LG V40 ThinQ Review: A Five Camera Android Contender

LG V40 ThinQ: Software, User Experience, And Camera

Google has done an admirable job refining Android over to the years, to the point where clean, unmodified versions of the OS have arguably become preferred by savvy smartphone users. As such, many manufacturers have become less aggressive about modifying and skinning the OS to accommodate unique features or to differentiate their devices. LG in particular seems to have made only minimal tweaks to the stock Android UX on the V40 ThinQ – the things LG have done don’t get in the way of navigating or configuring the device much at all.

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The default home screens and menus on the LG V40 ThinQ are about as straightforward as can be. The main screen has but a handful of icons, a time and weather widget, and the Google search toolbar. Swipe right and a Google news feed slides into view. Swipe left and it’ll bring you to your apps. There’s no traditional app tray on the LG V40 ThinQ; as you install apps, the right home screen starts to fill up and more screens get added as necessary. You do, of course, have the ability to group and arrange apps into folders, however, which behaves just like the app tray on other devices.

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LG’s UX on the V40 ThinQ features a flat, unobtrusive color scheme and adds only specific controls for major call-out features like the triple-camera setup, LG's HiFi Quad DAC, and Second Screen controls. While we’re on the subject, as we’ve mentioned in the past, LG's 32-bit HiFi Quad DAC is the real deal. The feature delivers noticeably more robust audio fidelity, with a wider dynamic range that’s especially evident when using a set of high quality headphones and good source audio.

lg v40 camera

Another area where LG's software functionality shines is its camera setup. You have easy access to multiple shot modes right on the main camera home screen and can access things like Google Lens (AI-assisted image recognition), Portrait mode, and AI Cam, with a single tap. LG also offers an extensive manual shot mode that gives users control over everything from Focus to White Balance, ISO, and just about everything else you’d expect from a camera. The Graphy feature LG introduced a while back, which is essentially an array of filters derived from settings used by professional photographers, is also available here, as is a new feature called Cinema Shot that will easily create Cinemagraphs.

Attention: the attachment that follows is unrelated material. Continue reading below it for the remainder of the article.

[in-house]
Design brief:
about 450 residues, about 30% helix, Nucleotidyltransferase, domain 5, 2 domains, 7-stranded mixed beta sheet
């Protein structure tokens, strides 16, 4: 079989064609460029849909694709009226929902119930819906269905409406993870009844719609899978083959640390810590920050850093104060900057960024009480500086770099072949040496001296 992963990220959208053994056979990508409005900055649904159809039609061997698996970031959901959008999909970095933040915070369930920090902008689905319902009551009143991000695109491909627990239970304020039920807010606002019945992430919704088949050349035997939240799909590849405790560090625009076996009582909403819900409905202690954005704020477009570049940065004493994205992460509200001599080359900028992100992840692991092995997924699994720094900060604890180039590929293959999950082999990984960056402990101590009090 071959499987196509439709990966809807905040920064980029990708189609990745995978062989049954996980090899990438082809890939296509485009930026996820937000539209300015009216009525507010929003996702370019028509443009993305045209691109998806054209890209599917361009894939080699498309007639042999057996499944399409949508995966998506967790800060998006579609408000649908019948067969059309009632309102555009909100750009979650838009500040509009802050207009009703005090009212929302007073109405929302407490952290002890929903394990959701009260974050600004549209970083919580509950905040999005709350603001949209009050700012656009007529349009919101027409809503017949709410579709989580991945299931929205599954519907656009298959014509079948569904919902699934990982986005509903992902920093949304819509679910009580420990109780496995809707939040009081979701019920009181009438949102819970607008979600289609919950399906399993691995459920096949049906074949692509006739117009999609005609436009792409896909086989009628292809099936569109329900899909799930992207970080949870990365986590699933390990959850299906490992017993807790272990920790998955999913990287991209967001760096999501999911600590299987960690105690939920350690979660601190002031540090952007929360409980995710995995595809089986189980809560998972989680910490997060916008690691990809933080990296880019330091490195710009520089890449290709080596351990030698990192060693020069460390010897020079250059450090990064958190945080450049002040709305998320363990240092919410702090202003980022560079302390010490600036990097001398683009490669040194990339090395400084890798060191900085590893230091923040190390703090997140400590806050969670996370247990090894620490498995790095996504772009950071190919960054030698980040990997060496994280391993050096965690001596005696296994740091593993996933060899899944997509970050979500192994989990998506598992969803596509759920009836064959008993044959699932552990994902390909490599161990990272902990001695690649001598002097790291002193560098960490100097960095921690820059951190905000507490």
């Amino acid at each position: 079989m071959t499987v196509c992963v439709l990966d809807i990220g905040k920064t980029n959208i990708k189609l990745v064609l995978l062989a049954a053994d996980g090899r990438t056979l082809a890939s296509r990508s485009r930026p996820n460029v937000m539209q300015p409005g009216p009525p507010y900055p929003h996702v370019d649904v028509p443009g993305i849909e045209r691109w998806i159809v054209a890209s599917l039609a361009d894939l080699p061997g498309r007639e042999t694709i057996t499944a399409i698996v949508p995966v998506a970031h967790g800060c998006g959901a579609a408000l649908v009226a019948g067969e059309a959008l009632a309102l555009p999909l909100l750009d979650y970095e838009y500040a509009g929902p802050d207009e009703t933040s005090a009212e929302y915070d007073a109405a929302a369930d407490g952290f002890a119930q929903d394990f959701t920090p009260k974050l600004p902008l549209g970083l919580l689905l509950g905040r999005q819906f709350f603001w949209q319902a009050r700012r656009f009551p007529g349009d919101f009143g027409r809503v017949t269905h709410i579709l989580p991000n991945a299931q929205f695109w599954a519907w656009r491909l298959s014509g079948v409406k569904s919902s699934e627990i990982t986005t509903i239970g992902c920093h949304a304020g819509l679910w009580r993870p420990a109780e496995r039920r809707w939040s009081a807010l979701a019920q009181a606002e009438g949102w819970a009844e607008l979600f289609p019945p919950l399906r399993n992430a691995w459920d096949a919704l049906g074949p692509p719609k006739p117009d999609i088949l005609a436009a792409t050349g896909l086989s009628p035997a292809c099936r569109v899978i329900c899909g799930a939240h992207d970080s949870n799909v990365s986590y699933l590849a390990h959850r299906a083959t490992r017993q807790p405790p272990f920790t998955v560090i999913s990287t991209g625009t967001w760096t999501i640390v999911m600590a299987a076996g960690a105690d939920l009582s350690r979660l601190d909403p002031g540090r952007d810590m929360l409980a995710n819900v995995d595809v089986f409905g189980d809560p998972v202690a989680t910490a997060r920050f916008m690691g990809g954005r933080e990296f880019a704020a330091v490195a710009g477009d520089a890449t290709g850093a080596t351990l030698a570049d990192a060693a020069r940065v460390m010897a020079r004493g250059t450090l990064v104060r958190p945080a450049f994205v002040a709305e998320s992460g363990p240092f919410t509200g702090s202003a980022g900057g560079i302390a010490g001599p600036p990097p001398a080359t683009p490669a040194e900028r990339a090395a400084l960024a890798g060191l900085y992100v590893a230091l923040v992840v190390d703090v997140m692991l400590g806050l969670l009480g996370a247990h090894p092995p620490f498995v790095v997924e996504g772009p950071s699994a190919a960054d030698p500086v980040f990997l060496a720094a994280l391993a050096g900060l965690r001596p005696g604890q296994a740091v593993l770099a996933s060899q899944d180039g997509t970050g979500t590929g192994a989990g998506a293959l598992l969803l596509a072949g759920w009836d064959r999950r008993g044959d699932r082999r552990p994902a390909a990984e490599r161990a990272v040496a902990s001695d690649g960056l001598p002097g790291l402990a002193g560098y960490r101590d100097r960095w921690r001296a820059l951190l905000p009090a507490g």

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Google Lens is an assisstive tool to aid with things like product price searches, image identification, and information about your surroundings. LG's AI Cam provides shot optimization suggestions based on the subject detected in the shot. In our tests, we found the Auto mode setting in AI Cam did help to optimize lighting and color balance in some shots, though we doubt some of the more artsy or obscure recommendations are going to get used all that much.

The real stand out feature with the V40 ThinQ’s camera setup is the triple-camera array. If you check out the video on the first page you can see it in action. But the functionality is straightforward and simple. The main, wide-angle, and telephoto shooters can essentially all be activated at once on the main camera screen, so users can see how a shot would be composed on each camera, without having to actually switch the camera modes. It’s an intelligent feature that makes choosing the best composition a simple matter of choosing the one you like best and tapping on it.

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Standard 12MP (F1.5 / 78°)

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12MP Tele (F2.4 / 45°)

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16MP Wide (F1.9 / 107°)

The output from the LG V40 ThinQ’s cameras is quite good. In this first trio of shots above, we show you how the three rear-facing cameras behave. We captured those three shots without moving – and our furry subject’s head only moved slightly. As you can see, the zoom and wide-angle shots are quite different than the standard shot. The images captured from the three cameras are easily differentiated and have very different end results.

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In terms of quality, pictures captured with the LG V40 ThinQ look very good in our opinion. Color accuracy is good, and white balance and sharpness are particularly strong. If anything, images are somewhat muted and could do with a bit more vibrance, but we've been blessed with nothing but overcast days since we got our hands on the V40 ThinQ and shots still looked good in our opinion. The camera setup does a good job capturing subtle details in various lighting conditions and there is minimal noise, even in darker areas.

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Portrait mode also works fairly well on the V40 ThinQ, but as is the case with most phones, the software-assisted bokeh effects are not perfect. In the shot here, you’ll notice the phone did an admirable job picking out our pup even with white fur on a white background, but parts of the bag are sharp where there shouldn’t be and the effect seems uneven though the floor.

All that said, if a comprehensive, high-quality camera setup is high on your list of smartphone must-haves, the LG V40 ThinQ won’t disappoint. Even if you’re not keep on its auto-mode captures, extensive controls are available to tweak images to your heart’s content and you've got the added flexibility of three distinct cameras with different attributes.

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